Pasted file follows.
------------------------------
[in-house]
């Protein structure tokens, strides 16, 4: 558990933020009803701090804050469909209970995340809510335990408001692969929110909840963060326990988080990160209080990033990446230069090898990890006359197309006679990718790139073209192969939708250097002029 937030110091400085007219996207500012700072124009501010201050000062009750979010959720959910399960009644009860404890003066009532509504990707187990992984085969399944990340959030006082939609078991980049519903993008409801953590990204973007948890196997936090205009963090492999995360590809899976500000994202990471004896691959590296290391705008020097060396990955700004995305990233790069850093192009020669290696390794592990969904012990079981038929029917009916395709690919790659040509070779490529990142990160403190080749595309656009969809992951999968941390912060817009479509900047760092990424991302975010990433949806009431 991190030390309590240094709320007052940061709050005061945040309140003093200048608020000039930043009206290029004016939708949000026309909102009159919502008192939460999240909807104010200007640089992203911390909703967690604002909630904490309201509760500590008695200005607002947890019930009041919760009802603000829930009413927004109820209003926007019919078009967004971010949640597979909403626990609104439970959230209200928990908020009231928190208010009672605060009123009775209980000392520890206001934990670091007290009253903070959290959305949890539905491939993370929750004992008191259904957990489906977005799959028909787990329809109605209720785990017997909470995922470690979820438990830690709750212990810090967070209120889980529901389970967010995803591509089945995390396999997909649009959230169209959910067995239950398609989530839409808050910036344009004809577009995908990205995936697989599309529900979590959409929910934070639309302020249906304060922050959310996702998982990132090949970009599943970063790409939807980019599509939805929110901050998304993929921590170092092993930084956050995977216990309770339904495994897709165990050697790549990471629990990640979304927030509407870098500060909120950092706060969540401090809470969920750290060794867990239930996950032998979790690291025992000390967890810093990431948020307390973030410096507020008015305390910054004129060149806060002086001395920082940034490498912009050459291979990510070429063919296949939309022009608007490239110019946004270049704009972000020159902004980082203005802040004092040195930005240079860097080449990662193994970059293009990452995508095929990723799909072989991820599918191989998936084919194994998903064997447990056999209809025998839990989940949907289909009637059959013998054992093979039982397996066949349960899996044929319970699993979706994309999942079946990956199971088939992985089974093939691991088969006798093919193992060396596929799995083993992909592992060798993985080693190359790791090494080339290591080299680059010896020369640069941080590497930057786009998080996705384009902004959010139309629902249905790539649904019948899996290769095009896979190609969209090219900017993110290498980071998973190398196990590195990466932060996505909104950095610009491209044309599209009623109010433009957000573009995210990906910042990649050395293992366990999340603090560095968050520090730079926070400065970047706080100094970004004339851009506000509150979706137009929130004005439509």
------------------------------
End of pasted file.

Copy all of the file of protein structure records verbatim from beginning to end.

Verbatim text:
[in-house]
């Protein structure tokens, strides 16, 4: 558990933020009803701090804050469909209970995340809510335990408001692969929110909840963060326990988080990160209080990033990446230069090898990890006359197309006679990718790139073209192969939708250097002029 937030110091400085007219996207500012700072124009501010201050000062009750979010959720959910399960009644009860404890003066009532509504990707187990992984085969399944990340959030006082939609078991980049519903993008409801953590990204973007948890196997936090205009963090492999995360590809899976500000994202990471004896691959590296290391705008020097060396990955700004995305990233790069850093192009020669290696390794592990969904012990079981038929029917009916395709690919790659040509070779490529990142990160403190080749595309656009969809992951999968941390912060817009479509900047760092990424991302975010990433949806009431 991190030390309590240094709320007052940061709050005061945040309140003093200048608020000039930043009206290029004016939708949000026309909102009159919502008192939460999240909807104010200007640089992203911390909703967690604002909630904490309201509760500590008695200005607002947890019930009041919760009802603000829930009413927004109820209003926007019919078009967004971010949640597979909403626990609104439970959230209200928990908020009231928190208010009672605060009123009775209980000392520890206001934990670091007290009253903070959290959305949890539905491939993370929750004992008191259904957990489906977005799959028909787990329809109605209720785990017997909470995922470690979820438990830690709750212990810090967070209120889980529901389970967010995803591509089945995390396999997909649009959230169209959910067995239950398609989530839409808050910036344009004809577009995908990205995936697989599309529900979590959409929910934070639309302020249906304060922050959310996702998982990132090949970009599943970063790409939807980019599509939805929110901050998304993929921590170092092993930084956050995977216990309770339904495994897709165990050697790549990471629990990640979304927030509407870098500060909120950092706060969540401090809470969920750290060794867990239930996950032998979790690291025992000390967890810093990431948020307390973030410096507020008015305390910054004129060149806060002086001395920082940034490498912009050459291979990510070429063919296949939309022009608007490239110019946004270049704009972000020159902004980082203005802040004092040195930005240079860097080449990662193994970059293009990452995508095929990723799909072989991820599918191989998936084919194994998903064997447990056999209809025998839990989940949907289909009637059959013998054992093979039982397996066949349960899996044929319970699993979706994309999942079946990956199971088939992985089974093939691991088969006798093919193992060396596929799995083993992909592992060798993985080693190359790791090494080339290591080299680059010896020369640069941080590497930057786009998080996705384009902004959010139309629902249905790539649904019948899996290769095009896979190609969209090219900017993110290498980071998973190398196990590195990466932060996505909104950095610009491209044309599209009623109010433009957000573009995210990906910042990649050395293992366990999340603090560095968050520090730079926070400065970047706080100094970004004339851009506000509150979706137009929130004005439509």